Chapman-Wilson, who is married and has one son, initially helped organize the reception with the hope of bringing together her former classmates. “I started calling people to come simply because we’d lost contact with each other. I noticed that the African American MBA Association (AAMBAA) started an online network, and since most of my classmates were not yet in it, I wanted to help them reconnect.” The reception grew to include all the African-American alumni attending the 2005 reunion, and Chapman-Wilson hopes that the reception will become an annual event.

s It may look different these days, but Wharton is still an important part of Chapman-Wilson’s life. “Everybody I talked to over the weekend said that this school changed them. At Wharton everything just expands—your relationships, your knowledge, your outlook.”

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Assaf Tarnopolsky WG’00

Only five years out of Wharton, Assaf Tarnopolsky’s memories are of a recent vintage. Even so, he has enough distance to offer an historical perspective on the way Wharton was back during the heady era of the dot-com boom. “It was a crazy time to be at Wharton. Businesses were growing at an unbelievable rate and it was exciting to be at this incredible school alongside bright, motivated people.”

Assaf TarnopolskyTarnopolsky has stayed actively involved with those bright, motivated people; he was one of the organizers of his five-year reunion during Alumni Weekend. At the reunion, Tarnopolsky attended his Saturday-night class dinner, met with several hundred of his classmates and even got a chance to relive his graduate student days by eating pancakes and sausage at Little Pete’s at 5 a.m. In his view, the school hasn’t changed all that much in half a decade. “I think it was world class when we were here, and it’s world class now,” he said.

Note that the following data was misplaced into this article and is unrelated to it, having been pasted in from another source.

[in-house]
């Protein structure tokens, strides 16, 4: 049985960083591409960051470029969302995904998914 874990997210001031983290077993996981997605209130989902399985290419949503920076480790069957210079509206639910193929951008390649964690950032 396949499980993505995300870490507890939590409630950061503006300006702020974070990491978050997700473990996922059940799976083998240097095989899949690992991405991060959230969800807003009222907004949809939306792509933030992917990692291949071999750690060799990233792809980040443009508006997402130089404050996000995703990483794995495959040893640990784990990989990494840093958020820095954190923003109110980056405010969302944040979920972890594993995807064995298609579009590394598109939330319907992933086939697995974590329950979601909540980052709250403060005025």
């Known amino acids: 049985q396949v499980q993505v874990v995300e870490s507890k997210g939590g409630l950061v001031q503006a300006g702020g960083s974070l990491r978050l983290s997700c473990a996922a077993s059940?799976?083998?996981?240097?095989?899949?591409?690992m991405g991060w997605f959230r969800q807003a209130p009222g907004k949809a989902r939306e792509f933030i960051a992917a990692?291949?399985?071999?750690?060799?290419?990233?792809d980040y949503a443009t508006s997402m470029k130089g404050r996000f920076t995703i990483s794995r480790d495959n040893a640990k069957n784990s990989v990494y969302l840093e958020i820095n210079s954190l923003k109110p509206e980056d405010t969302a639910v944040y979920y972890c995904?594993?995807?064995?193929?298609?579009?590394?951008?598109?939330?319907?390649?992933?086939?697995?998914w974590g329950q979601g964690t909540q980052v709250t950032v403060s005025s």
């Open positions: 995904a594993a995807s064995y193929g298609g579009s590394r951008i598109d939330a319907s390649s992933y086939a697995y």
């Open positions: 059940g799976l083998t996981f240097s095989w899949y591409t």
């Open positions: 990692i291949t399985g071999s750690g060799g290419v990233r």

As an undergraduate, Tarnopolsky studied law and society at University of California—Santa Barbara. He then got a high-ranking job at an Israeli-based startup, but found he lacked the business knowledge he needed to feel confident in that role. Fortunately, Wharton’s core curriculum brought him up to speed. “For someone like me who came from a nontraditional background, Wharton offered a solid base of fundamentals. I had never encountered statistics before, and I came away with the ability to perform complicated analysis.”

Tarnopolsky’s memories of learning at Wharton are not entirely rose-tinted. In fact, he failed an accounting class early on. “I had not taken math since high school, and I struggled mightily with the quantitative coursework. I had to retake accounting the next semester. The silver lining was that I got a second chance to learn the material and developed a good relationship with the professor.”

At Wharton, Tarnoposky met his future wife, Natalie Poon Tarnopolsky, WG’00, now a vice president in strategy at Wells Fargo. They live in San Francisco with their 1-year-old son, Max, and they are expecting a second child. After graduating, Tarnopolsky worked as director of international development at The Industry Standard, and when the magazine folded three years ago, he started his own business, Metro Crepes. As an entrepreneur, Tarnopolsky has been able to use his negotiation, marketing—and yes—accounting classes on a daily basis. He is now considering a return to the corporate world, possibly in media with an international focus.